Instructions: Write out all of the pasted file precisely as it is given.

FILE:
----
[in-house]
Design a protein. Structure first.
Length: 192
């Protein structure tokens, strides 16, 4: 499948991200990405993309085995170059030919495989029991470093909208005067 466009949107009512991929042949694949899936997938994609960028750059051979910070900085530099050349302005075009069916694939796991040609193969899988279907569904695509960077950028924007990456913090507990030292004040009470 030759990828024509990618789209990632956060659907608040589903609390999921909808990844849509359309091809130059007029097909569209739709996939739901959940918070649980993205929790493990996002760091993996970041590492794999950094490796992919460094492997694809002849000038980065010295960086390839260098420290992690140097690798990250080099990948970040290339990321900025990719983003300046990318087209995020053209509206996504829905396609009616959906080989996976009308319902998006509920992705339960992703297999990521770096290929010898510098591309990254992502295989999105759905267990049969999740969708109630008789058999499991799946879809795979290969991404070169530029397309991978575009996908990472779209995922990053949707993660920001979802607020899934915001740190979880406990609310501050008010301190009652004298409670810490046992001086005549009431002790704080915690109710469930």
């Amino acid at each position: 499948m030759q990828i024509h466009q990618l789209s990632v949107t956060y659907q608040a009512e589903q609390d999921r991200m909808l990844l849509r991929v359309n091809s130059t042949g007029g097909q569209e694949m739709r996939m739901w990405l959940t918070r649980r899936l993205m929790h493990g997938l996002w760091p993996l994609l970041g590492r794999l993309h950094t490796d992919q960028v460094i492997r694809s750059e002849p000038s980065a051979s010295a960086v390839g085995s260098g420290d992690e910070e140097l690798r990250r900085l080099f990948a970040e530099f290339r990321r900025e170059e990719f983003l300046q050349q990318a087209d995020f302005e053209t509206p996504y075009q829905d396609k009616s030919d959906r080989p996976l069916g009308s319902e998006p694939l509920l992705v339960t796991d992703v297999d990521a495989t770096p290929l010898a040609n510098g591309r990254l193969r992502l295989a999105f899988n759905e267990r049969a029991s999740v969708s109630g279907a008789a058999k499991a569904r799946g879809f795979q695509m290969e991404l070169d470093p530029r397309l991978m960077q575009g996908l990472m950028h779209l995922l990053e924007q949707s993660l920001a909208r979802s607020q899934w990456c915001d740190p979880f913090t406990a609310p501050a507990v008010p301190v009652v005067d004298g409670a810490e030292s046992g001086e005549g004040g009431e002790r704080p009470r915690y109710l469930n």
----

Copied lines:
[in-house]
Design a protein. Structure first.
Length: 192
């Protein structure tokens, strides 16, 4: 499948991200990405993309085995170059030919495989029991470093909208005067 466009949107009512991929042949694949899936997938994609960028750059051979910070900085530099050349302005075009069916694939796991040609193969899988279907569904695509960077950028924007990456913090507990030292004040009470 030759990828024509990618789209990632956060659907608040589903609390999921909808990844849509359309091809130059007029097909569209739709996939739901959940918070649980993205929790493990996002760091993996970041590492794999950094490796992919460094492997694809002849000038980065010295960086390839260098420290992690140097690798990250080099990948970040290339990321900025990719983003300046990318087209995020053209509206996504829905396609009616959906080989996976009308319902998006509920992705339960992703297999990521770096290929010898510098591309990254992502295989999105759905267990049969999740969708109630008789058999499991799946879809795979290969991404070169530029397309991978575009996908990472779209995922990053949707993660920001979802607020899934915001740190979880406990609310501050008010301190009652004298409670810490046992001086005549009431002790704080915690109710469930």
């Amino acid at each position: 499948m030759q990828i024509h466009q990618l789209s990632v949107t956060y659907q608040a009512e589903q609390d999921r991200m909808l990844l849509r991929v359309n091809s130059t042949g007029g097909q569209e694949m739709r996939m739901w990405l959940t918070r649980r899936l993205m929790h493990g997938l996002w760091p993996l994609l970041g590492r794999l993309h950094t490796d992919q960028v460094i492997r694809s750059e002849p000038s980065a051979s010295a960086v390839g085995s260098g420290d992690e910070e140097l690798r990250r900085l080099f990948a970040e530099f290339r990321r900025e170059e990719f983003l300046q050349q990318a087209d995020f302005e053209t509206p996504y075009q829905d396609k009616s030919d959906r080989p996976l069916g009308s319902e998006p694939l509920l992705v339960t796991d992703v297999d990521a495989t770096p290929l010898a040609n510098g591309r990254l193969r992502l295989a999105f899988n759905e267990r049969a029991s999740v969708s109630g279907a008789a058999k499991a569904r799946g879809f795979q695509m290969e991404l070169d470093p530029r397309l991978m960077q575009g996908l990472m950028h779209l995922l990053e924007q949707s993660l920001a909208r979802s607020q899934w990456c915001d740190p979880f913090t406990a609310p501050a507990v008010p301190v009652v005067d004298g409670a810490e030292s046992g001086e005549g004040g009431e002790r704080p009470r915690y109710l469930n």